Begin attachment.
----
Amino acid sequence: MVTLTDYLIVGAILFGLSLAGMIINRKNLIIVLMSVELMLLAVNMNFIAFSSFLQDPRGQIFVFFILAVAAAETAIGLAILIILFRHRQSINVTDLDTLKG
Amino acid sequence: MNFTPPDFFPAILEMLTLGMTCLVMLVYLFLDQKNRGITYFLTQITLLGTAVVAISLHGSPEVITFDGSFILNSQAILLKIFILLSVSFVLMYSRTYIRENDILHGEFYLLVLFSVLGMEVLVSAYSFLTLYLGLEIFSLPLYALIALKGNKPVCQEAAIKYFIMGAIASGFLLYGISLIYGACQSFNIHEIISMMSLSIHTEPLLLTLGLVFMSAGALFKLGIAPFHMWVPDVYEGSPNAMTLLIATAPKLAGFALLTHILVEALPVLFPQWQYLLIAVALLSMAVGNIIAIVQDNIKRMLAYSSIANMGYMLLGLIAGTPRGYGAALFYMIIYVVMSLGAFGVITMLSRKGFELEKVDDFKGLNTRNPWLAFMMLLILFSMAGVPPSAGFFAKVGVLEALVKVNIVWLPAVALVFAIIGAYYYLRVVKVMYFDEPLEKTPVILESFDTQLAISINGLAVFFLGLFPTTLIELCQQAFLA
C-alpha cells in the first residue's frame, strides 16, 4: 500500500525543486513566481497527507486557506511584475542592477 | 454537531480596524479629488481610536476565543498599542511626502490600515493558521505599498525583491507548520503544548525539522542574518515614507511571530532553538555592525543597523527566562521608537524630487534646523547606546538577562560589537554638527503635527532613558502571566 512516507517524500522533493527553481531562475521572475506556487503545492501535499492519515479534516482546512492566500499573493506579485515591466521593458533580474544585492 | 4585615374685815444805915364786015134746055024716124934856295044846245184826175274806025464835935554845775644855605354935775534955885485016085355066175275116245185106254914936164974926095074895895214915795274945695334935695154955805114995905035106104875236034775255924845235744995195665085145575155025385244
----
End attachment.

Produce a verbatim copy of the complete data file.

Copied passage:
Amino acid sequence: MVTLTDYLIVGAILFGLSLAGMIINRKNLIIVLMSVELMLLAVNMNFIAFSSFLQDPRGQIFVFFILAVAAAETAIGLAILIILFRHRQSINVTDLDTLKG
Amino acid sequence: MNFTPPDFFPAILEMLTLGMTCLVMLVYLFLDQKNRGITYFLTQITLLGTAVVAISLHGSPEVITFDGSFILNSQAILLKIFILLSVSFVLMYSRTYIRENDILHGEFYLLVLFSVLGMEVLVSAYSFLTLYLGLEIFSLPLYALIALKGNKPVCQEAAIKYFIMGAIASGFLLYGISLIYGACQSFNIHEIISMMSLSIHTEPLLLTLGLVFMSAGALFKLGIAPFHMWVPDVYEGSPNAMTLLIATAPKLAGFALLTHILVEALPVLFPQWQYLLIAVALLSMAVGNIIAIVQDNIKRMLAYSSIANMGYMLLGLIAGTPRGYGAALFYMIIYVVMSLGAFGVITMLSRKGFELEKVDDFKGLNTRNPWLAFMMLLILFSMAGVPPSAGFFAKVGVLEALVKVNIVWLPAVALVFAIIGAYYYLRVVKVMYFDEPLEKTPVILESFDTQLAISINGLAVFFLGLFPTTLIELCQQAFLA
C-alpha cells in the first residue's frame, strides 16, 4: 500500500525543486513566481497527507486557506511584475542592477 | 454537531480596524479629488481610536476565543498599542511626502490600515493558521505599498525583491507548520503544548525539522542574518515614507511571530532553538555592525543597523527566562521608537524630487534646523547606546538577562560589537554638527503635527532613558502571566 512516507517524500522533493527553481531562475521572475506556487503545492501535499492519515479534516482546512492566500499573493506579485515591466521593458533580474544585492 | 4585615374685815444805915364786015134746055024716124934856295044846245184826175274806025464835935554845775644855605354935775534955885485016085355066175275116245185106254914936164974926095074895895214915795274945695334935695154955805114995905035106104875236034775255924845235744995195665085145575155025385244